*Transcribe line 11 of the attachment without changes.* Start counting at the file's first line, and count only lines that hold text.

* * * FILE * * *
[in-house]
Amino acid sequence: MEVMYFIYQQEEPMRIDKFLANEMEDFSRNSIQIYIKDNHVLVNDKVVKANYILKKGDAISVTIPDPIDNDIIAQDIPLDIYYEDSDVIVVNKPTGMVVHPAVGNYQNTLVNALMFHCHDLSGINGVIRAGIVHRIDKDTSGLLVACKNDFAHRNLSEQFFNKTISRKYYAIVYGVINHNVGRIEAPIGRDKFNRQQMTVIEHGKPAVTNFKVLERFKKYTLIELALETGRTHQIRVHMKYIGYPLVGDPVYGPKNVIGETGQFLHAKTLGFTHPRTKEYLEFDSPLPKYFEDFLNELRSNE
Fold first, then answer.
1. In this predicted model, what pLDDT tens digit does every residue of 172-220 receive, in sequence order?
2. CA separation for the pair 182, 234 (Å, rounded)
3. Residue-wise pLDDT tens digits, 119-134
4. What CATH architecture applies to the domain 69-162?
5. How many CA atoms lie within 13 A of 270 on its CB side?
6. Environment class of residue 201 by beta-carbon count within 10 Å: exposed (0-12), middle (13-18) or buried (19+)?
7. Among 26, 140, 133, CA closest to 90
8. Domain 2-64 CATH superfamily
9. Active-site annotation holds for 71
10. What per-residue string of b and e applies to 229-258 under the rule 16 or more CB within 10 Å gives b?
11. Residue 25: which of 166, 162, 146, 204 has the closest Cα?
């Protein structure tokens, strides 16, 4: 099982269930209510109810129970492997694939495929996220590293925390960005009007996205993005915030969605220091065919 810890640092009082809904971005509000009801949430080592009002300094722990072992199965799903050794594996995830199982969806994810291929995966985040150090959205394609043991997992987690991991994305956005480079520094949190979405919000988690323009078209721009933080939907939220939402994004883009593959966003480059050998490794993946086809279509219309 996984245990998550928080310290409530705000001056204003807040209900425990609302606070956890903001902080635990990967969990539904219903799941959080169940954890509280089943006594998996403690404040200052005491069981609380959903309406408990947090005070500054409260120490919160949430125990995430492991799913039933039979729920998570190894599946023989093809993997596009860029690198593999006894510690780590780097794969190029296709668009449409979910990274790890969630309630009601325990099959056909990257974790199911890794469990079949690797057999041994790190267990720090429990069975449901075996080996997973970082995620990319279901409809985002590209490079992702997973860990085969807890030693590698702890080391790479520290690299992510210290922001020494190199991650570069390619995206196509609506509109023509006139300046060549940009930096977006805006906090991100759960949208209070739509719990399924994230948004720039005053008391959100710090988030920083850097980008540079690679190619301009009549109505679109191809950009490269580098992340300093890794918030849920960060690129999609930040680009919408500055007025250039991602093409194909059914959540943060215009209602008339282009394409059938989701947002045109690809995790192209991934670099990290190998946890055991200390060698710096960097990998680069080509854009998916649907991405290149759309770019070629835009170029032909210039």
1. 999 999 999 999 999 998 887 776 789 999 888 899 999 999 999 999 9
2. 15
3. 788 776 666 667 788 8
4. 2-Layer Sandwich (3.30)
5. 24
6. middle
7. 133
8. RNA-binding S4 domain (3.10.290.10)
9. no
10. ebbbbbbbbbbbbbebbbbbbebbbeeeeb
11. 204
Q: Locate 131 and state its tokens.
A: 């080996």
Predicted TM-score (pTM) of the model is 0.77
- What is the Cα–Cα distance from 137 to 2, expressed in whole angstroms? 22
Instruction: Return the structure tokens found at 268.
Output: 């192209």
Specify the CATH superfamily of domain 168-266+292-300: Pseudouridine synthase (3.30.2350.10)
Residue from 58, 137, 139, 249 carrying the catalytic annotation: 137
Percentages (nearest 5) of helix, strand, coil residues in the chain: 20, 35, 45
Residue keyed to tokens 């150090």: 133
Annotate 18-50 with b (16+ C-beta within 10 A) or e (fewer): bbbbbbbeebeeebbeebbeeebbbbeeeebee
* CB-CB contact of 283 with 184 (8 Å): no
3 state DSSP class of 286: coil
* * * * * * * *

8. Domain 2-64 CATH superfamily